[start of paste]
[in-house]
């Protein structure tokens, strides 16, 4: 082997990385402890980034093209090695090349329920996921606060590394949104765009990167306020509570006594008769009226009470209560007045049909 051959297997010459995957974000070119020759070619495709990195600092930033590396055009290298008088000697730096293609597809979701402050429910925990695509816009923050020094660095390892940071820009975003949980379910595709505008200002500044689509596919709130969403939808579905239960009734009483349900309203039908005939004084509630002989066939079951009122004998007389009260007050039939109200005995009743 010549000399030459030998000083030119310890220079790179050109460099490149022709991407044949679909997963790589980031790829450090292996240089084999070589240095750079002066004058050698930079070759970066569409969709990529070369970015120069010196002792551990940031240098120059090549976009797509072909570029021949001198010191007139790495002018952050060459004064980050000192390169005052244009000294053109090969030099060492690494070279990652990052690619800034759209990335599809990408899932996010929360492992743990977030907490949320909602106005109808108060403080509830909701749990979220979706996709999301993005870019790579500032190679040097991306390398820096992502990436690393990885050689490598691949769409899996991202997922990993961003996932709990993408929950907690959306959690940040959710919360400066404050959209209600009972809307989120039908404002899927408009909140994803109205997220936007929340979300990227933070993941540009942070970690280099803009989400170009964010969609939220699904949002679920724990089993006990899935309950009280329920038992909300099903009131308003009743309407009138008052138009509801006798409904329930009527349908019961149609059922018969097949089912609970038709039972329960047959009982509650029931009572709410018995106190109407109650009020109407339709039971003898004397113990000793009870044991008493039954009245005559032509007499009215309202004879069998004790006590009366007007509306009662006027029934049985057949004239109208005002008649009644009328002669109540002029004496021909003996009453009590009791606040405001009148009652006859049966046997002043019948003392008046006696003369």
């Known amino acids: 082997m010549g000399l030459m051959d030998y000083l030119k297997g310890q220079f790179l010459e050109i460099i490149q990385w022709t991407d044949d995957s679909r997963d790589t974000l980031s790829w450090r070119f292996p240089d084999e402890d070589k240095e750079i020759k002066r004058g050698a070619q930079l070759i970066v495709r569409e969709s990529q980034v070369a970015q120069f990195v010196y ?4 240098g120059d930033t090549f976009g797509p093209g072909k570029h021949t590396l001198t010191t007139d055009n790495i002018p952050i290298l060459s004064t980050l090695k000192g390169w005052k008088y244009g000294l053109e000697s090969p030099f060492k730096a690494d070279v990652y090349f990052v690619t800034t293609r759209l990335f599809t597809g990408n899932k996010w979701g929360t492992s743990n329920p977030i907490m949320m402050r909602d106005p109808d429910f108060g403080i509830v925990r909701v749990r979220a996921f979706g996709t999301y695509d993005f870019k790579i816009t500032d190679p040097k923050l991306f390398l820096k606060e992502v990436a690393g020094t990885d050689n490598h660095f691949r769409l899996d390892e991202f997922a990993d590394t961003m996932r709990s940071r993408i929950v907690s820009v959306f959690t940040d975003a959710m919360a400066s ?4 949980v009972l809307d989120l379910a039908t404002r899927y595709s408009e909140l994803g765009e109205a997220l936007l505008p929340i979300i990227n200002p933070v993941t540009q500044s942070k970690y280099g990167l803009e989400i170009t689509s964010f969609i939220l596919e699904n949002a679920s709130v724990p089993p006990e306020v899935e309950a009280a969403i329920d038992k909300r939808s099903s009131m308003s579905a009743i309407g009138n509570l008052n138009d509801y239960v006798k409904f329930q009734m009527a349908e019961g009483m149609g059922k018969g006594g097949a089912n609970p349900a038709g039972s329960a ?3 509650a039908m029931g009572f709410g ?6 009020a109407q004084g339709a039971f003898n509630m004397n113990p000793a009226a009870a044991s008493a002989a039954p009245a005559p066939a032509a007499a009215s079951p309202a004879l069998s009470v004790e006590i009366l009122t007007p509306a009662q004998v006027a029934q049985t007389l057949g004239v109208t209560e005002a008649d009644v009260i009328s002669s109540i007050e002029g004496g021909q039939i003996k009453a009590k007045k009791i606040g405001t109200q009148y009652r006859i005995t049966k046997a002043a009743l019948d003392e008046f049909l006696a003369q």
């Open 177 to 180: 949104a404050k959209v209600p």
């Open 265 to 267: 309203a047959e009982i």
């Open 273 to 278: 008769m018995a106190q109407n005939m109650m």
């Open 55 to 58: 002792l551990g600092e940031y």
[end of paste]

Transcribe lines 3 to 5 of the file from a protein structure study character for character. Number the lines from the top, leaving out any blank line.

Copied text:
């Known amino acids: 082997m010549g000399l030459m051959d030998y000083l030119k297997g310890q220079f790179l010459e050109i460099i490149q990385w022709t991407d044949d995957s679909r997963d790589t974000l980031s790829w450090r070119f292996p240089d084999e402890d070589k240095e750079i020759k002066r004058g050698a070619q930079l070759i970066v495709r569409e969709s990529q980034v070369a970015q120069f990195v010196y ?4 240098g120059d930033t090549f976009g797509p093209g072909k570029h021949t590396l001198t010191t007139d055009n790495i002018p952050i290298l060459s004064t980050l090695k000192g390169w005052k008088y244009g000294l053109e000697s090969p030099f060492k730096a690494d070279v990652y090349f990052v690619t800034t293609r759209l990335f599809t597809g990408n899932k996010w979701g929360t492992s743990n329920p977030i907490m949320m402050r909602d106005p109808d429910f108060g403080i509830v925990r909701v749990r979220a996921f979706g996709t999301y695509d993005f870019k790579i816009t500032d190679p040097k923050l991306f390398l820096k606060e992502v990436a690393g020094t990885d050689n490598h660095f691949r769409l899996d390892e991202f997922a990993d590394t961003m996932r709990s940071r993408i929950v907690s820009v959306f959690t940040d975003a959710m919360a400066s ?4 949980v009972l809307d989120l379910a039908t404002r899927y595709s408009e909140l994803g765009e109205a997220l936007l505008p929340i979300i990227n200002p933070v993941t540009q500044s942070k970690y280099g990167l803009e989400i170009t689509s964010f969609i939220l596919e699904n949002a679920s709130v724990p089993p006990e306020v899935e309950a009280a969403i329920d038992k909300r939808s099903s009131m308003s579905a009743i309407g009138n509570l008052n138009d509801y239960v006798k409904f329930q009734m009527a349908e019961g009483m149609g059922k018969g006594g097949a089912n609970p349900a038709g039972s329960a ?3 509650a039908m029931g009572f709410g ?6 009020a109407q004084g339709a039971f003898n509630m004397n113990p000793a009226a009870a044991s008493a002989a039954p009245a005559p066939a032509a007499a009215s079951p309202a004879l069998s009470v004790e006590i009366l009122t007007p509306a009662q004998v006027a029934q049985t007389l057949g004239v109208t209560e005002a008649d009644v009260i009328s002669s109540i007050e002029g004496g021909q039939i003996k009453a009590k007045k009791i606040g405001t109200q009148y009652r006859i005995t049966k046997a002043a009743l019948d003392e008046f049909l006696a003369q």
């Open 177 to 180: 949104a404050k959209v209600p």
């Open 265 to 267: 309203a047959e009982i």